4 Tips for Tackling ADA Section 508 Accessibility Remediation
In the physical world, if your place of business isn’t already accessible to individuals with disabilities, you may be required to install a wheelchair ramp, Braille signage or a set of grab bars to attain ADA compliance. In the digital sphere, ADA remediation takes on a slightly different form, but the idea is the same: to ensure that individuals of all abilities have equal opportunities to utilize a public space (in this case, a website) to its fullest intent.
If you’ve been notified that your website is in need of accessibility remediation, you may be asked, for example, to add descriptive alt text to each of the images on your site so that someone who can’t see a photo can hear its description. Or you may be required to update the functionality of your website to remove time limits or perhaps make your site navigable by keyboard, so that someone with reduced motor abilities isn’t hindered by the time or tools needed to perform a particular action on your site.
Those are just a couple of examples. There are lots of accessibility requirements that have been introduced lately – some of which are governed by the law (the Americans with Disabilities Act and Section 508 of the Rehabilitation Act), and some of which are simply recommended by the Website Content Accessibility Guidelines (WCAG 2.0), which aren’t legally binding but were designed to improve accessibility across the web and to help individuals and businesses attain ADA and/or Section 508 remediation and compliance. Although not all websites are required by law to comply, it is still in the best interest of most sites to strive for full accessibility.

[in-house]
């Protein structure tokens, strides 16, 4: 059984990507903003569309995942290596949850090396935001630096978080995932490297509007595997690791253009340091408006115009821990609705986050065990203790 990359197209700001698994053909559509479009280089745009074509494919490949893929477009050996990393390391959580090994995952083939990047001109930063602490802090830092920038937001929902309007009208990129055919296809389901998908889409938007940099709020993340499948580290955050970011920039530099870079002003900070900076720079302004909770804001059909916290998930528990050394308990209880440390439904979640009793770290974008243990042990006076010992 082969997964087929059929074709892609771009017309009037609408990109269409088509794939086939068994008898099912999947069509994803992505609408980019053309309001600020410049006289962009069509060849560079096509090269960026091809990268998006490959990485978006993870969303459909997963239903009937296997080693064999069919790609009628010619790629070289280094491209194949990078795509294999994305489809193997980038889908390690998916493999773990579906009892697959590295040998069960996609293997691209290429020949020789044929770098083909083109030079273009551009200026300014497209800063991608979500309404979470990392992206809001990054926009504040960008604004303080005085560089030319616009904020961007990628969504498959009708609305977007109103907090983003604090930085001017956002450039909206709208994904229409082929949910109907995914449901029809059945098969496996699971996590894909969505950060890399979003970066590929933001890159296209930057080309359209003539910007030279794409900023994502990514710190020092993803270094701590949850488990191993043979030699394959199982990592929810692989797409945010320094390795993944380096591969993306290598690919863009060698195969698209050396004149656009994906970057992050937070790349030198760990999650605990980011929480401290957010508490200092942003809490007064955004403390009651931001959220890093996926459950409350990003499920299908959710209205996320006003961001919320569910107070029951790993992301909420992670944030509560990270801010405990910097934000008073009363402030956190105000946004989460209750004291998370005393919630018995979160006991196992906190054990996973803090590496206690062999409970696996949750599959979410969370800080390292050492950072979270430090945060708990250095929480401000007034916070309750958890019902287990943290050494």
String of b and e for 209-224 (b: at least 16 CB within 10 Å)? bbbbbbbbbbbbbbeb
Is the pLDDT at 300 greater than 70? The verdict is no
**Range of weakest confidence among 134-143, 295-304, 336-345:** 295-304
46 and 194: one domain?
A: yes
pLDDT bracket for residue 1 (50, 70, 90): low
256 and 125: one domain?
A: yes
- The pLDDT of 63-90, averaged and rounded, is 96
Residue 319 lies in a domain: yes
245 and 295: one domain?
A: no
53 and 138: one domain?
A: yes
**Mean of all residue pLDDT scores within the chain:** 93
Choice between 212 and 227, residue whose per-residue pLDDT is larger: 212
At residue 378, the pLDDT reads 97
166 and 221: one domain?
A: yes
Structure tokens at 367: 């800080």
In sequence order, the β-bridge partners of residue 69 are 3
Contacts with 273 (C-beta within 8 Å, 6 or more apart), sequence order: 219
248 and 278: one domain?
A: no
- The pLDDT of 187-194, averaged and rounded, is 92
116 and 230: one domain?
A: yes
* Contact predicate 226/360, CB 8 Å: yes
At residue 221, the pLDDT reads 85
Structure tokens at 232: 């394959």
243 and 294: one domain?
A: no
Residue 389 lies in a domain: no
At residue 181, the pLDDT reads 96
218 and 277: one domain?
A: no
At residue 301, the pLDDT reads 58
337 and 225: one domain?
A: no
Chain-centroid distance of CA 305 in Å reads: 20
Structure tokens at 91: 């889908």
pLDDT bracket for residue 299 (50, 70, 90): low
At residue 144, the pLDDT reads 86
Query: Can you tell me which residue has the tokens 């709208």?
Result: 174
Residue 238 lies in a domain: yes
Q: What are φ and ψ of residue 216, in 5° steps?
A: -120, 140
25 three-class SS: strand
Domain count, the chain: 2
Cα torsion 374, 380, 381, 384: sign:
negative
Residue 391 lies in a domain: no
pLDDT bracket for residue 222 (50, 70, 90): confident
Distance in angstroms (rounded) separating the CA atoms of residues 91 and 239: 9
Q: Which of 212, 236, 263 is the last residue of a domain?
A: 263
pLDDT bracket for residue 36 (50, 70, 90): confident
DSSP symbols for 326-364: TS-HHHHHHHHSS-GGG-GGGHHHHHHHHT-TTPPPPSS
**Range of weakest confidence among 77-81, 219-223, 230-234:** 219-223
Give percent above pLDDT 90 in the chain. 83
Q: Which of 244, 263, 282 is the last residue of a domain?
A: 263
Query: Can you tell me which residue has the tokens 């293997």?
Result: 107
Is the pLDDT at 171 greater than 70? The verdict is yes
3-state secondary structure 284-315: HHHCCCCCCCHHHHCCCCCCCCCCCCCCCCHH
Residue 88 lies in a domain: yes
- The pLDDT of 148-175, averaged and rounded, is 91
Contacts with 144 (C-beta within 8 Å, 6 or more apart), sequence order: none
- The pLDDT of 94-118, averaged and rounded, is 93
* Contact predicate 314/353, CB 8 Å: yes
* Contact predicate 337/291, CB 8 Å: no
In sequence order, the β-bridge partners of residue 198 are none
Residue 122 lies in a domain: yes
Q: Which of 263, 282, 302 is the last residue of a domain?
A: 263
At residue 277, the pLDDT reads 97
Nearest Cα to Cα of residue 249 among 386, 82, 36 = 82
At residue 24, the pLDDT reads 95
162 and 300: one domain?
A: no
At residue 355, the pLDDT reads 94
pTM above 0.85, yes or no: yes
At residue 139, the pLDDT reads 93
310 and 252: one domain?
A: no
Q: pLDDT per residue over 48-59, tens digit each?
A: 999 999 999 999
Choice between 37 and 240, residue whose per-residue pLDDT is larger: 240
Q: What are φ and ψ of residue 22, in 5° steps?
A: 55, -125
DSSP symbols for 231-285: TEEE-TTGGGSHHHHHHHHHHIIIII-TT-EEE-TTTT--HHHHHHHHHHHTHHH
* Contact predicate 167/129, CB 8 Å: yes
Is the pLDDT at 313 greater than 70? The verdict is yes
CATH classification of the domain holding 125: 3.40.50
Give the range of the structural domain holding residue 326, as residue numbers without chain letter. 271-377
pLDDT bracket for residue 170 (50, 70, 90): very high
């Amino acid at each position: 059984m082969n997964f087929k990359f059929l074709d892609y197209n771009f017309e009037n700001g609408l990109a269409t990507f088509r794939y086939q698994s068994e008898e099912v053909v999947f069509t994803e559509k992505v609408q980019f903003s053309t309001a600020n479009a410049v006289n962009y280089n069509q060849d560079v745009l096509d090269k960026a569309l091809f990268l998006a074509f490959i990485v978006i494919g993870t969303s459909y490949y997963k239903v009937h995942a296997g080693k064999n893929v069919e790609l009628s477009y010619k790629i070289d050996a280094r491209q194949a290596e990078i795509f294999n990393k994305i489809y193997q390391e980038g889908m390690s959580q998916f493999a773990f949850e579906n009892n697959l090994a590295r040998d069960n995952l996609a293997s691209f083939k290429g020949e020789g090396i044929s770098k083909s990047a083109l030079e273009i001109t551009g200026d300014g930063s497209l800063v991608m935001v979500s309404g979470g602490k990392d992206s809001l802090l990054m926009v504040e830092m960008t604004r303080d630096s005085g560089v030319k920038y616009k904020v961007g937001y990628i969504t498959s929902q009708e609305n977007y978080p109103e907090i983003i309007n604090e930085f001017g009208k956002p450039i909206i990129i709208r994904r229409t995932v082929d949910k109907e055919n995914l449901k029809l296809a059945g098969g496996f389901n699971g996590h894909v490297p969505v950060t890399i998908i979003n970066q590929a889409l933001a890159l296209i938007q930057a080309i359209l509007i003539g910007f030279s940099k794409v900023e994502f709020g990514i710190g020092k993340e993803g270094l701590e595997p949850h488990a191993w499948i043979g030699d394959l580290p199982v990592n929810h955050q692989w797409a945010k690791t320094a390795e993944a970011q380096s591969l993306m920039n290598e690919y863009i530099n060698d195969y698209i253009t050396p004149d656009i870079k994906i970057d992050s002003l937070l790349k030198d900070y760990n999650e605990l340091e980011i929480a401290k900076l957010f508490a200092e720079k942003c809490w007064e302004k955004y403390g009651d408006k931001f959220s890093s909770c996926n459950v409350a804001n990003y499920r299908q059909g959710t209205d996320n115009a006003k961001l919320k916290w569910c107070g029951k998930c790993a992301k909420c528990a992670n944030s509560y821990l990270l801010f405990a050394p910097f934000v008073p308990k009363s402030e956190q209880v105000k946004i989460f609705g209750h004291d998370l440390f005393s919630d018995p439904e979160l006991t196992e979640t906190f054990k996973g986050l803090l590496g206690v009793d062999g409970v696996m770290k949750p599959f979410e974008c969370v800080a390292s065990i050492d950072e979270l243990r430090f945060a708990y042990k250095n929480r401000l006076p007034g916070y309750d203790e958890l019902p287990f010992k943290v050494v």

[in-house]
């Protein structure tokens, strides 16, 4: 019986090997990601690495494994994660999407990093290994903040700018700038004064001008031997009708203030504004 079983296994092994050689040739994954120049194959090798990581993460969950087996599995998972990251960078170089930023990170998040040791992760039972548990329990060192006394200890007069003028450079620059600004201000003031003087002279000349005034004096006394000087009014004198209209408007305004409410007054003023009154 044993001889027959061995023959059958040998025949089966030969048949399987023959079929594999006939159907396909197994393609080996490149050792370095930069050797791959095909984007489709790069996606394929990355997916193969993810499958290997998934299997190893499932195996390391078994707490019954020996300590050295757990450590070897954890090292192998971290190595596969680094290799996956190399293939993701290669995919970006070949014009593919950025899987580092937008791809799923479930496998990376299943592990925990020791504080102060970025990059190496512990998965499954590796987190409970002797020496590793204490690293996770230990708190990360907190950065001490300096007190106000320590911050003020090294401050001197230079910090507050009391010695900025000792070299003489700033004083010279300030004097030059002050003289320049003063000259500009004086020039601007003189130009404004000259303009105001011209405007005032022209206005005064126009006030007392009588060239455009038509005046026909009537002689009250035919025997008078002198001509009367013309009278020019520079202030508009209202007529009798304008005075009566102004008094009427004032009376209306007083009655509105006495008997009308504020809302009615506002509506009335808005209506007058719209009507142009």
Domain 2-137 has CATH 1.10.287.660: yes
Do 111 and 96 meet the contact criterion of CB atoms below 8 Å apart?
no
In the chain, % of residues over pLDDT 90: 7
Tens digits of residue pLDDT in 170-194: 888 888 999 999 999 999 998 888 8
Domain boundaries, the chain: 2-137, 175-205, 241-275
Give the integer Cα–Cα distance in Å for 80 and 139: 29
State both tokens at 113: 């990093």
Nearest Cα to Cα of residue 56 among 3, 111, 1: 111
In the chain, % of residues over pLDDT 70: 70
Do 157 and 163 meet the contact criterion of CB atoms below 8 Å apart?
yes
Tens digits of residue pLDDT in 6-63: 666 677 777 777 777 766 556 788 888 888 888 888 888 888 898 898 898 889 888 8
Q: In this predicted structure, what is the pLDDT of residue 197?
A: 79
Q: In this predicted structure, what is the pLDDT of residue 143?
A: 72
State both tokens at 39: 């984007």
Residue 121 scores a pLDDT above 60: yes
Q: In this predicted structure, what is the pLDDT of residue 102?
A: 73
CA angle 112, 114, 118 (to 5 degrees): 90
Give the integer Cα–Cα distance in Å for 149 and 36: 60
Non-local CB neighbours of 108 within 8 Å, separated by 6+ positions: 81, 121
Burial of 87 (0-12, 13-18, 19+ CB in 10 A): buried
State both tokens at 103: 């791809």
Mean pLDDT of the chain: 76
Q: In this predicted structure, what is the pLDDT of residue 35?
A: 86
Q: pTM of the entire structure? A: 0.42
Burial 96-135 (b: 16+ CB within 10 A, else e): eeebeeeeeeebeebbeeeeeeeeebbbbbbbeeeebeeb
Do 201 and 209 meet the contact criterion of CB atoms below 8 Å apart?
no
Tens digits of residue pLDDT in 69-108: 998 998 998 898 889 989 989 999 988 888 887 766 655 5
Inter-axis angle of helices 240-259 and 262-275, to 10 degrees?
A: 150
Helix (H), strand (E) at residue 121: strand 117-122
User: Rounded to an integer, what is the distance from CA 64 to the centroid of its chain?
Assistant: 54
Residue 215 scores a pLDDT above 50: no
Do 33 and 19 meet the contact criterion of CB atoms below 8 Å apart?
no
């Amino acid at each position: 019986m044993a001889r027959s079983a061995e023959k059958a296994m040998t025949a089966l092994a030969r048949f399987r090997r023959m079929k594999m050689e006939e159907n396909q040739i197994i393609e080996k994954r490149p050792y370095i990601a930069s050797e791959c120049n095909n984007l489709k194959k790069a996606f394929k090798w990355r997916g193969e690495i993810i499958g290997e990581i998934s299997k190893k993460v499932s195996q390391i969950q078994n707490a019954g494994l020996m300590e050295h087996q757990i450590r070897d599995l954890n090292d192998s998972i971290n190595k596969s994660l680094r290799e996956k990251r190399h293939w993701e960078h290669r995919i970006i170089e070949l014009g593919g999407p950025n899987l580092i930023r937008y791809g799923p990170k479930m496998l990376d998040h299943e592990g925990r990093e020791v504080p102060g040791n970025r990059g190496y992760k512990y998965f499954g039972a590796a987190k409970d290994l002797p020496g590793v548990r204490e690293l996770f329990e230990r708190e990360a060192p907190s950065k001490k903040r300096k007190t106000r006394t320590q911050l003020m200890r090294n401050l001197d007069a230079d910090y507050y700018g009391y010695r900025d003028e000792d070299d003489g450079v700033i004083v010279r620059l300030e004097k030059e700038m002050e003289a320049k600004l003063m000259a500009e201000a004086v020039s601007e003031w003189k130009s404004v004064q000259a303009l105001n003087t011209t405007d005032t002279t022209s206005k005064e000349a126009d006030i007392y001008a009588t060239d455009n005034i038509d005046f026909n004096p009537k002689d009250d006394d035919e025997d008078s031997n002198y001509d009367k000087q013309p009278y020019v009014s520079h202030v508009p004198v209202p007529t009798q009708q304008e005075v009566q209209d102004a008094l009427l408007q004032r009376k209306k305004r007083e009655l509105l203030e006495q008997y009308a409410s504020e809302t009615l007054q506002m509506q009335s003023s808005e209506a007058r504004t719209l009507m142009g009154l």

Tips for Tackling Accessibility Remediation
For many websites, it’s nearly impossible to be 100% ADA compliant. Still, there are plenty of steps you can take to try to get your site as close to full compliance as possible. Here we have outlined four of the most useful tips for achieving Section 508 website accessibility remediation and, ultimately, (nearly) full compliance.
- Familiarize yourself with the latest compliance changes. Before you get started, do some research into the current requirements set forth by the ADA, Section 508 and WCAG 2.0. The laws and recommendations are always changing, so staying up-to-date on the latest developments will help you ensure true compliance.
- Use the WAVE Web Accessibility Tool to audit your site. The WAVE Tool scans your site for a number of accessibility issues, including missing alt tags, styles and more, and highlights the areas that require accessibility remediation by injecting icons and indicators directly onto your page within your browser.
- Hire an expert to audit your website’s code. As useful as the WAVE Tool is, no automated program is going to be able to provide complete 508 accessibility remediation services on its own. By hiring a web developer to review your website’s HTML code and CSS, that person can help you clean up any outdated code and ensure that best practices are being followed.
- Stay vigilant. The idea is to only have to remediate the site once, and then simply maintain your compliance from there. So once you’ve implemented the steps above and your accessibility remediation is complete, you’ll want to not only refer back to Step 1 and keep an eye on any changes that may have been made to the accessibility requirements, but you’ll also want to make sure that any new content you add to the site going forward – whether text, images or otherwise – is in compliance with the most current guidelines.
If your site is in need of accessibility remediation and you require additional help, contact Paradigm Marketing and Design today, and we’ll get your site on the road to compliance.